Winnipeg Jets By The Numbers: Michael Frolik 2014-2015

The season has been laid to rest.

Fans have completed their lamenting of the Anaheim Ducks sweeping the Winnipeg Jets. The healing process has begun.

But, before full closure can be completed, an autopsy of the Jets season must be initiated.

We turn our evidence-based breakdown of the Jets multi-tool extraordinaire, Michael Frolik.

The Basics

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Numbers include all situations including non 5v5 TOI.

Michael Frolik hit 42 points for the second consecutive time. In Chicago Frolik played a depth role as a fourth line player, but every other team Frolik has paced a low 40 points. Normalized to 82 games played, Frolik has put up 47, 43, 46, 43, and 42 points.

Frolik posted a shooting percentage above his norm, although it is interesting to note that his career shooting percentage took a severe dip while as a fourth line player in Chicago. Player’s scoring numbers tend to fall as they move to lower roles as they play with weaker linemates and also as role players are typecasted to get the opposing goalie to cover the puck (getting an offensive zone start for the top lines).

Usage

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Graph courtesy of WAR-on-Ice.

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Rankings are out of the Jets 17 forwards with 50+ 5v5 minutes, except special team minutes are each out of 11 Jet forwards.

Frolik experienced a decent offensive zone start push while playing on the top line. He was a secondary option for even strength minutes, power play, and short handed minutes.

Frolik predominately played against the other teams top lines, while also playing with the Jets’ top lines.

Underlying Numbers

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Frolik played just over the norm amount of ice time for a first line forward and therefore is compared to other top line players. As we can see, he started off the season struggling in shot differentials, but eventually moved into elite shot metrics regions.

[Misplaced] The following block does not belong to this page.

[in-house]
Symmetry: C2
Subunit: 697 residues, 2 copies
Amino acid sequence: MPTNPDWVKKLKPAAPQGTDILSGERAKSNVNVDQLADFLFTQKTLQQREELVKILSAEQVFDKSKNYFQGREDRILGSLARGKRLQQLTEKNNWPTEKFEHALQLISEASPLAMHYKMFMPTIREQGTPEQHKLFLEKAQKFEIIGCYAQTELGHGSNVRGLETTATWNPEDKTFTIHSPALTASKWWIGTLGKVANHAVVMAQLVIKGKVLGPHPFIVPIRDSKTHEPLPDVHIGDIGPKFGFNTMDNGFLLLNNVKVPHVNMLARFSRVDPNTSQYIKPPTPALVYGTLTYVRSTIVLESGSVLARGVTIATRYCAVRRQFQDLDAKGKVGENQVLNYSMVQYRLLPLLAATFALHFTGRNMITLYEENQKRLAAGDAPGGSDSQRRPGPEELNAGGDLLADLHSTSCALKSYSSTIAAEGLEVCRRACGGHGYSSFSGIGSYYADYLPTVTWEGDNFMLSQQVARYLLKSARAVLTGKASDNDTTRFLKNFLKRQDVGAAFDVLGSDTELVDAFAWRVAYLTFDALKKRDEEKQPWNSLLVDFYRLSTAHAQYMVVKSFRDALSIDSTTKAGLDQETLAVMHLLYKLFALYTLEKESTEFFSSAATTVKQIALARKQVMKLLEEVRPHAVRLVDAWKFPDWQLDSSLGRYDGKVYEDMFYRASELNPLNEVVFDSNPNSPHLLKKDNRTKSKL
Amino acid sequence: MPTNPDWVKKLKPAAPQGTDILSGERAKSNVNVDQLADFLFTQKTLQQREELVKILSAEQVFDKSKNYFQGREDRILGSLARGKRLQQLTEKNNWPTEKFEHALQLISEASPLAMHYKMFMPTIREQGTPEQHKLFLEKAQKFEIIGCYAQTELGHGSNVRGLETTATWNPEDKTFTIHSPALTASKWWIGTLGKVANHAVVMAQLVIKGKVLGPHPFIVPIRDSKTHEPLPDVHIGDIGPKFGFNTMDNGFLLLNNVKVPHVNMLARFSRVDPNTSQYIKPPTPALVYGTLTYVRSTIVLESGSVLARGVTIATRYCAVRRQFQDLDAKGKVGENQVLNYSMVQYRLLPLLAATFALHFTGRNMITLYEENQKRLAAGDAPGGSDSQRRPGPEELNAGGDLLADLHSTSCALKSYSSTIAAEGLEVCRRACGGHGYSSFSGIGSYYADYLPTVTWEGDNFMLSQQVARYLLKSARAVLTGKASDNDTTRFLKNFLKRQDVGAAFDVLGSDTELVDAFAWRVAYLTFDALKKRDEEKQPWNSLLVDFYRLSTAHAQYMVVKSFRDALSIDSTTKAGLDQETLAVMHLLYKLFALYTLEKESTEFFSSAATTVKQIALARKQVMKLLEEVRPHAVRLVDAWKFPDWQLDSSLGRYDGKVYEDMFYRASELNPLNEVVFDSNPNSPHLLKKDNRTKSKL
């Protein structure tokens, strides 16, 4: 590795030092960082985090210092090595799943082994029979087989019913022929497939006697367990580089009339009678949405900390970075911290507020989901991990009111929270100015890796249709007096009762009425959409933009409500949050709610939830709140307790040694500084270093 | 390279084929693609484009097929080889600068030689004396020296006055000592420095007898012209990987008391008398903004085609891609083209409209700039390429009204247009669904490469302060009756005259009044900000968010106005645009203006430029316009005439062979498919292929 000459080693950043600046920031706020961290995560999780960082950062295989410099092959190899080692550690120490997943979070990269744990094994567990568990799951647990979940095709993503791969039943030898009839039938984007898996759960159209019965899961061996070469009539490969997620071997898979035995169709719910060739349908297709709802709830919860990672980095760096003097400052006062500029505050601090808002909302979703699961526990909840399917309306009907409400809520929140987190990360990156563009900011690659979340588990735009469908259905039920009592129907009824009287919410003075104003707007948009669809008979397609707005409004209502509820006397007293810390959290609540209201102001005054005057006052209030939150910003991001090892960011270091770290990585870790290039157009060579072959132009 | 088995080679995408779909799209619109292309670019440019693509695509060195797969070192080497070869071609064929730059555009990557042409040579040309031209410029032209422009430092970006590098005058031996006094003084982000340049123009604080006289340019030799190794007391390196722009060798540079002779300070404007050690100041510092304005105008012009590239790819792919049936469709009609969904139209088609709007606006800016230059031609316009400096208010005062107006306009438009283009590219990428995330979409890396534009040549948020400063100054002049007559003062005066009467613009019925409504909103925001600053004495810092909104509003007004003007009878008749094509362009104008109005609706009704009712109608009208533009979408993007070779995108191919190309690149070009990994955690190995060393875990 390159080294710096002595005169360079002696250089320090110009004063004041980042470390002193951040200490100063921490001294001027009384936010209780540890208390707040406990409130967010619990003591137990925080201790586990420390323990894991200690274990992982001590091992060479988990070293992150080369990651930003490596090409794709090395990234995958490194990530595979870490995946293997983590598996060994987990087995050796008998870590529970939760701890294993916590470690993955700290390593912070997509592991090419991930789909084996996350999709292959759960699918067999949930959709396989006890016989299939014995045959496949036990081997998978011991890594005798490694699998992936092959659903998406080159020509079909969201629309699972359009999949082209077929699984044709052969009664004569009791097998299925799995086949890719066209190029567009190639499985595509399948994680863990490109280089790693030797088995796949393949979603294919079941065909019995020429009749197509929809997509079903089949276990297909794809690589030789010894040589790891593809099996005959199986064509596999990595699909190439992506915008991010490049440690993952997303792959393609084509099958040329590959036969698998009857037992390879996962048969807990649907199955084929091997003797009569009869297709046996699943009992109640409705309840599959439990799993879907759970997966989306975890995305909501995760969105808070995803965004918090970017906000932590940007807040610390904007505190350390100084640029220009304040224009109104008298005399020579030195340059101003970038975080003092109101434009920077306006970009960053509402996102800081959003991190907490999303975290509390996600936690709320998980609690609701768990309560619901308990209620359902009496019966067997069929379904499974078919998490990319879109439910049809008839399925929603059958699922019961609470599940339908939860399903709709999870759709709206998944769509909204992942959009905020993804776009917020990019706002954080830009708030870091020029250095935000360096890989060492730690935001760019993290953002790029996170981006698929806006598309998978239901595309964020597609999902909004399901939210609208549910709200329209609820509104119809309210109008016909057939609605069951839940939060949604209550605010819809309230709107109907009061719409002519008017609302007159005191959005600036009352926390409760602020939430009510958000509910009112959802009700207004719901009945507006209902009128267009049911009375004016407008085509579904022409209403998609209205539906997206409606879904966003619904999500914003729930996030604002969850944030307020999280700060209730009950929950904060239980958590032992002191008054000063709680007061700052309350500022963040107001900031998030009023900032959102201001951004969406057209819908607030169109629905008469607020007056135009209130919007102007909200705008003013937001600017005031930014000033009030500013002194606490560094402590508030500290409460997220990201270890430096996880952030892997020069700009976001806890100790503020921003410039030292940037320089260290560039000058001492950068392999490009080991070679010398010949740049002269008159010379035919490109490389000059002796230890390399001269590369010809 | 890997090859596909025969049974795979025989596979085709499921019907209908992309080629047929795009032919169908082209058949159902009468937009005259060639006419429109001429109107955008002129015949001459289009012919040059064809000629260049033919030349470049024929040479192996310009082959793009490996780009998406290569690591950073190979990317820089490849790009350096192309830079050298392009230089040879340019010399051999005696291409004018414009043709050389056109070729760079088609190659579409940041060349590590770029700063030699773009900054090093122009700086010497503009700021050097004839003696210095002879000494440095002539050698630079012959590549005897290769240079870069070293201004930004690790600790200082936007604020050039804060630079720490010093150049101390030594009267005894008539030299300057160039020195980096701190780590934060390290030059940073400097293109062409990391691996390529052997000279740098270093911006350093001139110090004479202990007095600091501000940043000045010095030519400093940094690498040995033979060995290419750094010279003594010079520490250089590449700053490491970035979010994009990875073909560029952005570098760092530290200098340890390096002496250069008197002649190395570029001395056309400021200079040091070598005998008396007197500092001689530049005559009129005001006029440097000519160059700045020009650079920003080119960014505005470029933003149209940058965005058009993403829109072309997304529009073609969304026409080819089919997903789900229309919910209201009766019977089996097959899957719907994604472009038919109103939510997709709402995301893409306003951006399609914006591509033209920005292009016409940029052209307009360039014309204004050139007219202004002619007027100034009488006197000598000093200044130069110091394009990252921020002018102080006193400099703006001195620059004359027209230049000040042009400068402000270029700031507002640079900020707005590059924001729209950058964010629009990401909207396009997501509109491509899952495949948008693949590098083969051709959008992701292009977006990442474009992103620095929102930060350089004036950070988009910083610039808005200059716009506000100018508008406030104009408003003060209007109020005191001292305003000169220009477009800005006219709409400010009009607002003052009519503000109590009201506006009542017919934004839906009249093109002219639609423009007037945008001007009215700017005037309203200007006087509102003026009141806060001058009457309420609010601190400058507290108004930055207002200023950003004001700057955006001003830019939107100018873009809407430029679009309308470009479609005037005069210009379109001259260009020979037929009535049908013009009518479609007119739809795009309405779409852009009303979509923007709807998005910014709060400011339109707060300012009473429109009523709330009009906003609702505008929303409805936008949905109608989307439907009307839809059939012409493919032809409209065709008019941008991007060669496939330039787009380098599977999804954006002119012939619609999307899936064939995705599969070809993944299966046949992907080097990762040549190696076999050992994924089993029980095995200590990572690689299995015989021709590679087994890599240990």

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Visual courtesy of Micah McCurdy.

Frolik started the season with Andrew Ladd and Bryan Little on the Jets’ top line. He then moved down to play with Mark Scheifele, as Paul Maurice reunited the Jets bonafide top line of Ladd’s Little Wheeler. Later in the season Frolik was returned to Little and Ladd, although Adam Lowry played some filler while Little was injured.

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Frolik performed well in scoring this season, although his 5v5 scoring was not the highest. Generally speaking a 1.6 pace is above average for a third line player or below average for a second liner.

Still, Frolik performed exceptionally in shot metrics. Mathieu Perreault was the only regular Jet to out perform Frolik in Corsi (with sheltered Eric O`Dell placing first). dCorsi suggests that Frolik could handle tougher minutes without much negative impact.

It’s interesting how many feel as though Corsi is inflated by Evander Kane’s style of play, when in actuality the numbers indicate that Frolik is this type of player. However, it still is quite a small impact. While Frolik’s scoring chances numbers tend to be the most different from his Corsi, he still ends up as one of the better Jets. This is why Corsi is generally better unless you have huge sample sizes.

Weighting Corsi with goals with 5x the impact of non-goals, weighted shots place Frolik well within the Jets top six players. Meanwhile, Goals Above Replacement estimate Frolik’s total impact on the Jets goal differential to be quite positive.

Final Thoughts

Michael Frolik is a very good player. He’s worth a pretty penny, and a lot of pennies more than Drew Stafford. While high scoring players are sexy, it’s only one part of the game and does not display a players overall impact. Historically speaking a player like Frolik gets paid around 4.7 AAV, while in contrast a player like Stafford gets paid around 3.3 AAV.

Hopefully the Jets get Frolik signed as he is a very helpful player and should be playing around his prime level for another five to six years.

However, if they cannot, the Jets had a player who performed quite similarly after adjusting for usage and linemates in Alexander Burmistrov… maybe there is a replacement available.